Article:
A broken suitcase at the Kuala Lumpur airport led to the discovery of a mata mata turtle and nearly 100 boa constrictors and other snakes who had been crammed into bags. Notorious international reptile smuggler Anson Wong was arrested by airport security and turned over to Malaysia's wildlife department. Does the name ring any bells?
Two companies owned by Wong were suppliers to U.S. Global Exotics (USGE), the wildlife trafficking company that went belly-up after a PETA investigation led authorities to seize more than 26,000 animals from the company's Texas warehouse and the federal U.S. Fish and Wildlife Service to issue an arrest warrant for Jasen Shaw, who is still a fugitive hiding out overseas.
This isn't the first time that Wong has been suspected of slipping a little more into his luggage than duty-free liquor. In 2001, he pleaded guilty to trafficking in wildlife in the U.S. and was sentenced to nearly six years in prison. Yet here he is, nearly a decade later, still stuffing snakes into his Samsonite.
Next time, let's hope that Wong gets busted in China, where they are dead serious about wildlife smuggling (at least for now).
Written by Alisa Mullins
Phew! PETA's "BOYCOTT PETCO" brick* survived the 5.7-magnitude earthquake that shook San Diego's PETCO Park on Monday—and here's a photo snapped by an activist last night to prove it:
Don't get me wrong—PETA loves the stadium's tasty, animal-friendly eats but hates the massive suffering that PETCO causes by buying animals from shady dealers and selling them to anyone who walks in, intentions be damned. Animals like the poor fellow below who are bred for and shipped to PETCO and other pet stores get their world shaken to pieces every single day by being mishandled, abused, or even thrown into the trash to die. They are crammed en masse into crowded, filthy containers at animal distributors such as U.S. Global Exotics and Sun Pet, and they're often denied basic necessities, including food, water, adequate air, and veterinary care.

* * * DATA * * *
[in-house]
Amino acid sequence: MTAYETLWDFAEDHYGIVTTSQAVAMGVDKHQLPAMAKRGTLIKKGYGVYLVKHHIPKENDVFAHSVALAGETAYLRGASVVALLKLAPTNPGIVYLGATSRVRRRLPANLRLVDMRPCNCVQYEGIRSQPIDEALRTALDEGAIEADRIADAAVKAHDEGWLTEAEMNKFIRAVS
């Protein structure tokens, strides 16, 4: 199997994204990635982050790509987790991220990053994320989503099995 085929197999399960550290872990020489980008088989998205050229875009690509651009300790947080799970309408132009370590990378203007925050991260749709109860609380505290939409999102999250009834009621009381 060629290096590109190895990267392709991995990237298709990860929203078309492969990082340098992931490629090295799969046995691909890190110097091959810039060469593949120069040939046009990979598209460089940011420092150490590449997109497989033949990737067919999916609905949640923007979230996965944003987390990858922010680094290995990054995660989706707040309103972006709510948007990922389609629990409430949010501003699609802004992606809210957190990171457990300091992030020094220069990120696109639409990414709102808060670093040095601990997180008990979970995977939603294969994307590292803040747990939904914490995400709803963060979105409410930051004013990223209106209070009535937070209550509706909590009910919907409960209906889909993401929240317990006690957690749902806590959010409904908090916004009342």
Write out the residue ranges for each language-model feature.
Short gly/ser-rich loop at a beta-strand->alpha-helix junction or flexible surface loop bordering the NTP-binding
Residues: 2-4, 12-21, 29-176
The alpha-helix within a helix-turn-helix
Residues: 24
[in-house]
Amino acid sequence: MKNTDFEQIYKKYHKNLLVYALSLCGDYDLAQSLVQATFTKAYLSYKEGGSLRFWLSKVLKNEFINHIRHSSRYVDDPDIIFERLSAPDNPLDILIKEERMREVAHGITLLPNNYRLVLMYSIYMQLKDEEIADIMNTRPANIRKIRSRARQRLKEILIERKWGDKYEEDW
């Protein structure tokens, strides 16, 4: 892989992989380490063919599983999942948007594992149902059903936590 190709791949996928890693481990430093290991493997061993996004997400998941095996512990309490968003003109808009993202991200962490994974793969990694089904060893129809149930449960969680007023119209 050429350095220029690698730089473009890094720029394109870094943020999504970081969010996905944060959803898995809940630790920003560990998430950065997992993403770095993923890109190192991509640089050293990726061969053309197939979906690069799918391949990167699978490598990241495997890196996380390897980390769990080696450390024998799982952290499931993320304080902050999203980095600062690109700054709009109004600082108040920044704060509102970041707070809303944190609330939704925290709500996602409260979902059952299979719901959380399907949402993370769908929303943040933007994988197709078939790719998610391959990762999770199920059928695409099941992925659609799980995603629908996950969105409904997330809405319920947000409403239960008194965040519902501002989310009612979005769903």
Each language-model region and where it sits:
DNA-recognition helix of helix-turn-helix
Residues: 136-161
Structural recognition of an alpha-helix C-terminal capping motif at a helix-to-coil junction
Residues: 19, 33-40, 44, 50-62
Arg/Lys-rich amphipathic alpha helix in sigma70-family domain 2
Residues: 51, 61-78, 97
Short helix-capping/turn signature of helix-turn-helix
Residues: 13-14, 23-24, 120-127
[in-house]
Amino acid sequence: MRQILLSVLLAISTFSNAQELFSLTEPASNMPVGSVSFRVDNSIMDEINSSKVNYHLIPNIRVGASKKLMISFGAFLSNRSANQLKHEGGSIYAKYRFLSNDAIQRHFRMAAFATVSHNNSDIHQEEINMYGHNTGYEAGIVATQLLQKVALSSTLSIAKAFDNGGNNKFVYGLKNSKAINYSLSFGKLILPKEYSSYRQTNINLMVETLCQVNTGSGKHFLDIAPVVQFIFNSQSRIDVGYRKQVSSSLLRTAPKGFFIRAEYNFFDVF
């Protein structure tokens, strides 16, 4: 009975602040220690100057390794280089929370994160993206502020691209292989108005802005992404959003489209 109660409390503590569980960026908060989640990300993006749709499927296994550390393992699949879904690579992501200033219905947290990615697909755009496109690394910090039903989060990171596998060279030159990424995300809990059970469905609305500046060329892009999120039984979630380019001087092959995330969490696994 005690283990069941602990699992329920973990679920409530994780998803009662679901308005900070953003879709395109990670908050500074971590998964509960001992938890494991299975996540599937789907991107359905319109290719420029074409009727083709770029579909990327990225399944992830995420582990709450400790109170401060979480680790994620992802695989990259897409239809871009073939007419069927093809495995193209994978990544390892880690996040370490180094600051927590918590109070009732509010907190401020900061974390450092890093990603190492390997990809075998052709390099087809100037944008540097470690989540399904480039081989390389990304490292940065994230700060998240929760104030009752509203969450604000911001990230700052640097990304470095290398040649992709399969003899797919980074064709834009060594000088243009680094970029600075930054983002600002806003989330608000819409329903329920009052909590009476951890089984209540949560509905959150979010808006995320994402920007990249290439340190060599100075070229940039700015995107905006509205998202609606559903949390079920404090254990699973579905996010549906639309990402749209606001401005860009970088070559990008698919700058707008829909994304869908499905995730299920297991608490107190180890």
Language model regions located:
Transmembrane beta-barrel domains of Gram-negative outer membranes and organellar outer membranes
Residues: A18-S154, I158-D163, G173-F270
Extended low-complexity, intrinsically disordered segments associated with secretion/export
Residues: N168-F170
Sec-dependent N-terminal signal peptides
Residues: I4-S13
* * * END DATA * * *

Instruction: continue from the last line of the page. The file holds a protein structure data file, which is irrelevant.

Let's shake things up for PETCO (the store—not the stadium!) by telling it to stop selling animals immediately or we'll shop elsewhere for our dog beds, cat trees, toys, and treats.
Written by Lindsay Pollard-Post
*Line up the first letter of each word to find the brick's hidden message!
Validation came this week when PETCO settled a $1.75 million lawsuit filed by four California counties over the company's atrocious animal care record and deceptive consumer practices. The suit alleged that PETCO failed to notice or treat sick animals—and overcharged customers to boot! This lawsuit follows a 2004 case in which PETCO paid more than $850,000 to settle similar charges and was ordered by the court to implement a detailed daily animal care procedure in all its California stores. Guess it forgot.
Is anyone surprised? We've been filing complaints about PETCO's abysmal treatment of animals for years. But the mills that supply the birds, rabbits, guinea pigs, mice, and other small animals to PETCO (and PetSmart) are also responsible for widespread animal suffering. PETA's undercover investigator documented horrific conditions in the enormous warehouses at Sun Pet Ltd., an Atlanta-based wholesale animal dealer that supplies these chains. And who can forget the dead, dying and diseased animals our investigator discovered at animal mill U.S. Global Exotics?
If PETCO is apparently incapable of providing decent care to animals right in its own stores, what hope do animals have at these awful mills that churn out animals as if they were disposable toys? Buyer beware: Go elsewhere!
you have a general question for PETA and would like a response, please e-mail Info@peta.org. If you need to report cruelty to
an animal, please click
here. If you are reporting an animal in imminent danger and know where to find the
animal and if the abuse is taking place right now, please call your local
police department. If the police are unresponsive, please call PETA
immediately at 757-622-7382 and press 2.
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Almost all of us grew up eating meat, wearing leather, and going to circuses and zoos. We never considered the impact of these actions on the animals involved. For whatever reason, you are now asking the question: Why should animals have rights? Read more.